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Where's Your Christmas Spirit? Right Here, Here and Here

Visions of sugarplums really do dance in your head.

Image: Residents decorate their homes with lights  :: 2013 Getty Images | 2013 Getty Images
Science now tells us where these decorations light up inside your head. | 2013 Getty Images
Science now tells us where these decorations light up inside your head. | Lisa Maree Williams | Getty Images

People wondering where their Christmas spirit went now can find out just where to look.

It turns out visions of sugarplums really do dance in your head or, more precisely, in the brain. To be really precise, it's in the left primary motor and premotor cortex, right inferior and superior parietal lobule, and bilateral primary somatosensory cortex.

Image::Cerebral areas where the 'Christmas group' had a significantly higher increase in cerebral activity than the 'non-Christmas group,' while images viewed had a Christmas theme. |||[object Object]
Cerebral areas where the 'Christmas group' had a significantly higher increase in cerebral activity than the 'non-Christmas group,' while images viewed had a Christmas theme. The BMJ

Except for people who don't have any at all.

Danish researchers used advanced functional magnetic resonance imaging (fMRI) on 20 people from various cultures.

"No eggnog or gingerbread was consumed before the scans," Anders Hougaard of the Danish Headache Center and Department of Neurology at the University of Copenhagen and colleagues wrote in the Christmas issue of the British Medical Journal.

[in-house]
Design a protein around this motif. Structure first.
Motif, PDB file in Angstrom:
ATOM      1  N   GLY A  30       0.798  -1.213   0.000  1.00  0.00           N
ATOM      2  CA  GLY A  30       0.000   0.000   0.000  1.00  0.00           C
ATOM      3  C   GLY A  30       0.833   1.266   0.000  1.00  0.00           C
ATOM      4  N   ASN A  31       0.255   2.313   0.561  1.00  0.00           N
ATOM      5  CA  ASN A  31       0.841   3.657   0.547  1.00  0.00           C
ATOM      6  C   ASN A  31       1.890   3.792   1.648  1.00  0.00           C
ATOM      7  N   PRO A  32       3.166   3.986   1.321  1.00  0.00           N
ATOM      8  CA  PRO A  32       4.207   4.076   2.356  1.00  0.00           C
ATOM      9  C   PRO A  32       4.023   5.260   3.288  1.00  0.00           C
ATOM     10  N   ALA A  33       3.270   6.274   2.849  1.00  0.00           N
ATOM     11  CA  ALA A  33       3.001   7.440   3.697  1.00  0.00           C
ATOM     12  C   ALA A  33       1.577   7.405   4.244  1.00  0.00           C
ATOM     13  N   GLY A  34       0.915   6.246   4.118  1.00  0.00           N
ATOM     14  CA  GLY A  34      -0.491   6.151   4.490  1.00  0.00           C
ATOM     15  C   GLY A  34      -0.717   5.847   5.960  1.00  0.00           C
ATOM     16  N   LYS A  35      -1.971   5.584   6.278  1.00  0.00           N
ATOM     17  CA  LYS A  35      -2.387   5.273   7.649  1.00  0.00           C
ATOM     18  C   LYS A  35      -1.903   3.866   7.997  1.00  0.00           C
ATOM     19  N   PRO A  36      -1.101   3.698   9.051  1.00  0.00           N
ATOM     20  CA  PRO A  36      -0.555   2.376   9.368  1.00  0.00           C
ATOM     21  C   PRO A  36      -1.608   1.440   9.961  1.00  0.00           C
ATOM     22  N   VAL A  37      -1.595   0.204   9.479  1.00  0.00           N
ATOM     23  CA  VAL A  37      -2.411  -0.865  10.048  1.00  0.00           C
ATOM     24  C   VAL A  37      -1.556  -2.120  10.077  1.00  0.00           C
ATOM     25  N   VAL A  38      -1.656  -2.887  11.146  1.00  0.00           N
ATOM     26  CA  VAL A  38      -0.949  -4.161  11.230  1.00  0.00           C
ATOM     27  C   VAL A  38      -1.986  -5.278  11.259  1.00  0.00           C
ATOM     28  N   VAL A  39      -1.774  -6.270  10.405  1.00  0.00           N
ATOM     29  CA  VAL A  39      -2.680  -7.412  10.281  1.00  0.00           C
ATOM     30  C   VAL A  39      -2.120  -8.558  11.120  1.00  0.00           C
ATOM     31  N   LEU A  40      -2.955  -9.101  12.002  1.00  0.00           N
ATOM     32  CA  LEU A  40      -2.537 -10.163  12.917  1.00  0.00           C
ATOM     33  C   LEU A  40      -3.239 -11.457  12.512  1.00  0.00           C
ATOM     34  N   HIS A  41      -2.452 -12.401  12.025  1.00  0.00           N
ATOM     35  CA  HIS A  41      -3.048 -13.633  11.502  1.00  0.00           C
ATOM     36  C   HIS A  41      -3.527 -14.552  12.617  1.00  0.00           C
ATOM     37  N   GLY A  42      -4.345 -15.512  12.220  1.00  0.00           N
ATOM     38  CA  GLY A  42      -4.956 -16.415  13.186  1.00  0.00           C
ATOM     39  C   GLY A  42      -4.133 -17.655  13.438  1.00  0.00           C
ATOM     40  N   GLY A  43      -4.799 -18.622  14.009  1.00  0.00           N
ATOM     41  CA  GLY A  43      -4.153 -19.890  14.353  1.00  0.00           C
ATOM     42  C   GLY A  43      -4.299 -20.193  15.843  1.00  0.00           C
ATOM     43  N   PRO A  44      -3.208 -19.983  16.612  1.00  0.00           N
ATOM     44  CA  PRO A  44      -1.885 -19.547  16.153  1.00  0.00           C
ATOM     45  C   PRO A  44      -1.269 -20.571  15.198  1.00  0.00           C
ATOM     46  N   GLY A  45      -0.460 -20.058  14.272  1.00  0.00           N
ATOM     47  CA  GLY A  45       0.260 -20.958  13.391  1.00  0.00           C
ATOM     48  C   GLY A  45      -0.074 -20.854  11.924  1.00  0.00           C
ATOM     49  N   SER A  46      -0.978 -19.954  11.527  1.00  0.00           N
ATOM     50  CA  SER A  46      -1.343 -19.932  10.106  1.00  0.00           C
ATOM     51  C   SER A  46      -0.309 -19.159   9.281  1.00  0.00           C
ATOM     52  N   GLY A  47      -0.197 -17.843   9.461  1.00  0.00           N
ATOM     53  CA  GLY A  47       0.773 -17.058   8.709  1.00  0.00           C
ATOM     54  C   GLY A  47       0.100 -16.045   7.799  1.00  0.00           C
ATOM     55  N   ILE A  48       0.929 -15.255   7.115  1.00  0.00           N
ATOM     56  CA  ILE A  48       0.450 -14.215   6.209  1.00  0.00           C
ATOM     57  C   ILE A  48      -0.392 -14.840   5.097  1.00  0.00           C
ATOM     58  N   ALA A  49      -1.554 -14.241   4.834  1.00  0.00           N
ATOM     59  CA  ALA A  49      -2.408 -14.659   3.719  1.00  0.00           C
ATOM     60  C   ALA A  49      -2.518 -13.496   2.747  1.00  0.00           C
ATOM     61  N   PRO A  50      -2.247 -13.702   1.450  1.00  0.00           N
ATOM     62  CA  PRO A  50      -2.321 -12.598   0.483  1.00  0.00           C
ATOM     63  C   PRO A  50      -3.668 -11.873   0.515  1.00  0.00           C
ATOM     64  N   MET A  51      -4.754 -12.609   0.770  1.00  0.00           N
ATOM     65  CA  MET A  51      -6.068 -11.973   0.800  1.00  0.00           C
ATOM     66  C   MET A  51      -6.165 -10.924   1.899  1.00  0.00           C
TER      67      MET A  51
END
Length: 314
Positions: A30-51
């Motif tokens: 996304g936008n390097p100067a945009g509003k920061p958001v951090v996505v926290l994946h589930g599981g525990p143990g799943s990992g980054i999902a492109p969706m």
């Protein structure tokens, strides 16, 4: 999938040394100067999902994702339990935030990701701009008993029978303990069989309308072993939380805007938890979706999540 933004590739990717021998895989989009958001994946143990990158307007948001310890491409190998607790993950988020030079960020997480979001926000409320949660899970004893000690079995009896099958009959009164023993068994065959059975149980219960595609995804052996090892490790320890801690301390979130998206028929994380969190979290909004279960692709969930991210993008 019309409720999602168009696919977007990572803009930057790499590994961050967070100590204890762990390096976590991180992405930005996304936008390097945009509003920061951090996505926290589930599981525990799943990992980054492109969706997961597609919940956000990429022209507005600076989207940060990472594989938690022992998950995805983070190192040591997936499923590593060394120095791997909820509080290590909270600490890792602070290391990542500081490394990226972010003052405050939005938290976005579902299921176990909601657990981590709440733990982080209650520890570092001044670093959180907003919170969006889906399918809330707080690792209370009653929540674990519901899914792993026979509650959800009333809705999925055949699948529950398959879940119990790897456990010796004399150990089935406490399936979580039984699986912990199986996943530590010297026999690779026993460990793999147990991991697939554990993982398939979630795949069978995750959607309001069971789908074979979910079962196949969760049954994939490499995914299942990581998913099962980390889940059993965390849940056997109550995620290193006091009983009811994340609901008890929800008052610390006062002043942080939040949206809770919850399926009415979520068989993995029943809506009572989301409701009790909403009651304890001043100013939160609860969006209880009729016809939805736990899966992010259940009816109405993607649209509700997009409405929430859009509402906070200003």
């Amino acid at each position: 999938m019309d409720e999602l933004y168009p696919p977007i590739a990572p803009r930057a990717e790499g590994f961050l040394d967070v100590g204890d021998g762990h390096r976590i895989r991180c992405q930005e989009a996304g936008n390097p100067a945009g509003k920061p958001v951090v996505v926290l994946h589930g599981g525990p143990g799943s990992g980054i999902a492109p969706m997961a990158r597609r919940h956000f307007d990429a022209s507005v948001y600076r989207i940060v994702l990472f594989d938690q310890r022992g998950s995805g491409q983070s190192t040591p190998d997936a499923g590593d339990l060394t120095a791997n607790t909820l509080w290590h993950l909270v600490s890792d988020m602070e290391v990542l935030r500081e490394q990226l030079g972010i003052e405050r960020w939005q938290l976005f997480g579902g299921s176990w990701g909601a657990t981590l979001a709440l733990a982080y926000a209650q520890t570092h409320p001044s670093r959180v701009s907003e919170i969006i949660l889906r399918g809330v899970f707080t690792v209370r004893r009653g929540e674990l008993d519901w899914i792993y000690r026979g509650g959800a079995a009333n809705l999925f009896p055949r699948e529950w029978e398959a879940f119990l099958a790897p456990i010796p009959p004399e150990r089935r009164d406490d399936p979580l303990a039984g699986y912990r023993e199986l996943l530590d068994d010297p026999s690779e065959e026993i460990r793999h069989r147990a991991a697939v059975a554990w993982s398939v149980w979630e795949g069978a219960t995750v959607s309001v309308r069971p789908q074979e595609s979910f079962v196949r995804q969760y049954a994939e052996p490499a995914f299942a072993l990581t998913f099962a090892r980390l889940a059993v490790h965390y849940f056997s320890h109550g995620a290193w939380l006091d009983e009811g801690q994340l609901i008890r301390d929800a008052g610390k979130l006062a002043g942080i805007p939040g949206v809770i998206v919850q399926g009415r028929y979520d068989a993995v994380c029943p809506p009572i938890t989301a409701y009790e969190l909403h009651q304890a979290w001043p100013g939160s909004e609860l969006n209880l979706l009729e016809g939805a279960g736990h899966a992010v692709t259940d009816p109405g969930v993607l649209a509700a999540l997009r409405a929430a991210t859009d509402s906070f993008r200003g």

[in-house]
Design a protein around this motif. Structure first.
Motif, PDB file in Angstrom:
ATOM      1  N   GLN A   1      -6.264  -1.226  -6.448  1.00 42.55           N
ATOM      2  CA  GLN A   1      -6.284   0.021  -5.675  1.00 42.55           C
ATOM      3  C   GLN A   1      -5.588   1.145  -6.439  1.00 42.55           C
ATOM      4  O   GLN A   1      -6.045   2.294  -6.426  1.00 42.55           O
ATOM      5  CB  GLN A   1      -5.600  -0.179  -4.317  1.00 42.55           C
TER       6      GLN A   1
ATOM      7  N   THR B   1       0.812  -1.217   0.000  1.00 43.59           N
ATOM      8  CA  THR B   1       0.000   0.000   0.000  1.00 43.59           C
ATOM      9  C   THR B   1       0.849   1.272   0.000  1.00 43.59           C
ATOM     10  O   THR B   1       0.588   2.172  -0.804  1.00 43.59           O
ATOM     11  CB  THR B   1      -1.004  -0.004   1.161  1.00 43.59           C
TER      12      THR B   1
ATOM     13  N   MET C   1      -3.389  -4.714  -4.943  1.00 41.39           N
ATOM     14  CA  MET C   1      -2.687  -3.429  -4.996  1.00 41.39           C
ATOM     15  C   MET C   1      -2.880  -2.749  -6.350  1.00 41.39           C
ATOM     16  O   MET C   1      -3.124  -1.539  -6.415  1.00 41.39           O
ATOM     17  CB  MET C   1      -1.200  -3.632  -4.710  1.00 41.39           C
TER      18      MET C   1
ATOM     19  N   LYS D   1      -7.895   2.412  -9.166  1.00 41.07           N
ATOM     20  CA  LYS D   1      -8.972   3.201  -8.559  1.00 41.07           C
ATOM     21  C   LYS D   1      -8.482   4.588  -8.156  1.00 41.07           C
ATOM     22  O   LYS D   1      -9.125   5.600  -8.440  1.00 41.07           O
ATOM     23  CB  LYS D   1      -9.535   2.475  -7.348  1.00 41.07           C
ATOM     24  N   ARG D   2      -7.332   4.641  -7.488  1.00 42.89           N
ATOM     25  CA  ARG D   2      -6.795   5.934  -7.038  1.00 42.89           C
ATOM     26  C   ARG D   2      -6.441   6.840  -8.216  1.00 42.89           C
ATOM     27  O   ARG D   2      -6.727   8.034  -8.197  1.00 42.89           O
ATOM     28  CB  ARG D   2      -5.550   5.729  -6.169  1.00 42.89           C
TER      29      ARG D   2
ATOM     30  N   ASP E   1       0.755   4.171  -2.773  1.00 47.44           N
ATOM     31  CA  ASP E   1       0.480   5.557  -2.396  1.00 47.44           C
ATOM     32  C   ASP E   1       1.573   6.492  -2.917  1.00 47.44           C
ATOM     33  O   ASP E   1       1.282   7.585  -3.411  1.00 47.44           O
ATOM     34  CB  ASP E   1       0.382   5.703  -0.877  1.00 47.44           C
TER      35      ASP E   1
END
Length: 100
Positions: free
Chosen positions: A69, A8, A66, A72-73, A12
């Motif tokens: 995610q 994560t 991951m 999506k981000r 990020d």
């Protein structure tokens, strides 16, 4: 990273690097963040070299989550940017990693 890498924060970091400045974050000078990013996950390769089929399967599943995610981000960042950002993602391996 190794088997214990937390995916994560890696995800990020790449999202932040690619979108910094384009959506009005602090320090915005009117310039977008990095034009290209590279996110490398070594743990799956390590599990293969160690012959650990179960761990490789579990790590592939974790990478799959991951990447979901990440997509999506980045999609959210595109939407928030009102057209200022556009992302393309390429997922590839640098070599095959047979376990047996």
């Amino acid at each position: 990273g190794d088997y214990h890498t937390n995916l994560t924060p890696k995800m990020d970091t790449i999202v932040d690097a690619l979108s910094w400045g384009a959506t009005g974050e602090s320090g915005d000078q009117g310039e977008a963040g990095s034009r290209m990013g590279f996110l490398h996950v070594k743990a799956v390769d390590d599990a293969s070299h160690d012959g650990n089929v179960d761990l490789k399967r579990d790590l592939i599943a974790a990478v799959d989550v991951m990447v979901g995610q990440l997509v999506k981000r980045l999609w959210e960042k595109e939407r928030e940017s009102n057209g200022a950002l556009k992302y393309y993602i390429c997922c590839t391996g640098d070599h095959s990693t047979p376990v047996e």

They showed their volunteers Christmas-y images such as tasty fritters and holiday street lights. As a control, people looked at dull street scenes and slices of brown bread.

"After the scan, all participants filled out a questionnaire about their Christmas traditions, feelings associated with Christmas, and ethnicity," the team wrote in the journal, which dedicates this issue to holiday fare itself.

Half their volunteers displayed a happy holiday spirit, and their brains lit up with a similar pattern when they viewed the festive images. The other half showed a depressing "bah, humbug" syndrome, Hougaard's team reported.

"Comparative studies of these patterns will also be imperative in studying other seasonal disturbances, related to, for example, Easter, Chanukah, or Diwali," they concluded.

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